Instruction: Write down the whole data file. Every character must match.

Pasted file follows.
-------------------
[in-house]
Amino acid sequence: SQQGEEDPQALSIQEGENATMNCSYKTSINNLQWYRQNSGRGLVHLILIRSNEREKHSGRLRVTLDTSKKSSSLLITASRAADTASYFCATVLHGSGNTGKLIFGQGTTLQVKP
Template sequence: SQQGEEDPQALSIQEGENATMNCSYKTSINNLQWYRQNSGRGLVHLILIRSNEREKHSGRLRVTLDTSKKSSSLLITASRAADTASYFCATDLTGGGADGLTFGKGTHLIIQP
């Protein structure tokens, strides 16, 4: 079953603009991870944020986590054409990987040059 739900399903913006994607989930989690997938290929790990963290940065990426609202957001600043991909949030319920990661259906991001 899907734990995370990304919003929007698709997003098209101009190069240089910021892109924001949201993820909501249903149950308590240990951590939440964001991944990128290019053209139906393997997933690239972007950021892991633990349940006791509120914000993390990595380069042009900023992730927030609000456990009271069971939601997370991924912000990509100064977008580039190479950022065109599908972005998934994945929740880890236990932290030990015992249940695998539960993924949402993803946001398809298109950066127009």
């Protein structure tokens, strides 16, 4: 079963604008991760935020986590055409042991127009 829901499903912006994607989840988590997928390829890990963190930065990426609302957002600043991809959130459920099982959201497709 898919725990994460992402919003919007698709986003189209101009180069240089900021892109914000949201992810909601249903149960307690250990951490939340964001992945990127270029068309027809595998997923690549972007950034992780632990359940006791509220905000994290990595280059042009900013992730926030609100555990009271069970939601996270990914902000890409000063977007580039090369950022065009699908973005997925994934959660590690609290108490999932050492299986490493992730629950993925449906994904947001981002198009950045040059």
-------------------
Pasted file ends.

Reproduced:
[in-house]
Amino acid sequence: SQQGEEDPQALSIQEGENATMNCSYKTSINNLQWYRQNSGRGLVHLILIRSNEREKHSGRLRVTLDTSKKSSSLLITASRAADTASYFCATVLHGSGNTGKLIFGQGTTLQVKP
Template sequence: SQQGEEDPQALSIQEGENATMNCSYKTSINNLQWYRQNSGRGLVHLILIRSNEREKHSGRLRVTLDTSKKSSSLLITASRAADTASYFCATDLTGGGADGLTFGKGTHLIIQP
């Protein structure tokens, strides 16, 4: 079953603009991870944020986590054409990987040059 739900399903913006994607989930989690997938290929790990963290940065990426609202957001600043991909949030319920990661259906991001 899907734990995370990304919003929007698709997003098209101009190069240089910021892109924001949201993820909501249903149950308590240990951590939440964001991944990128290019053209139906393997997933690239972007950021892991633990349940006791509120914000993390990595380069042009900023992730927030609000456990009271069971939601997370991924912000990509100064977008580039190479950022065109599908972005998934994945929740880890236990932290030990015992249940695998539960993924949402993803946001398809298109950066127009």
């Protein structure tokens, strides 16, 4: 079963604008991760935020986590055409042991127009 829901499903912006994607989840988590997928390829890990963190930065990426609302957002600043991809959130459920099982959201497709 898919725990994460992402919003919007698709986003189209101009180069240089900021892109914000949201992810909601249903149960307690250990951490939340964001992945990127270029068309027809595998997923690549972007950034992780632990359940006791509220905000994290990595280059042009900013992730926030609100555990009271069970939601996270990914902000890409000063977007580039090369950022065009699908973005997925994934959660590690609290108490999932050492299986490493992730629950993925449906994904947001981002198009950045040059």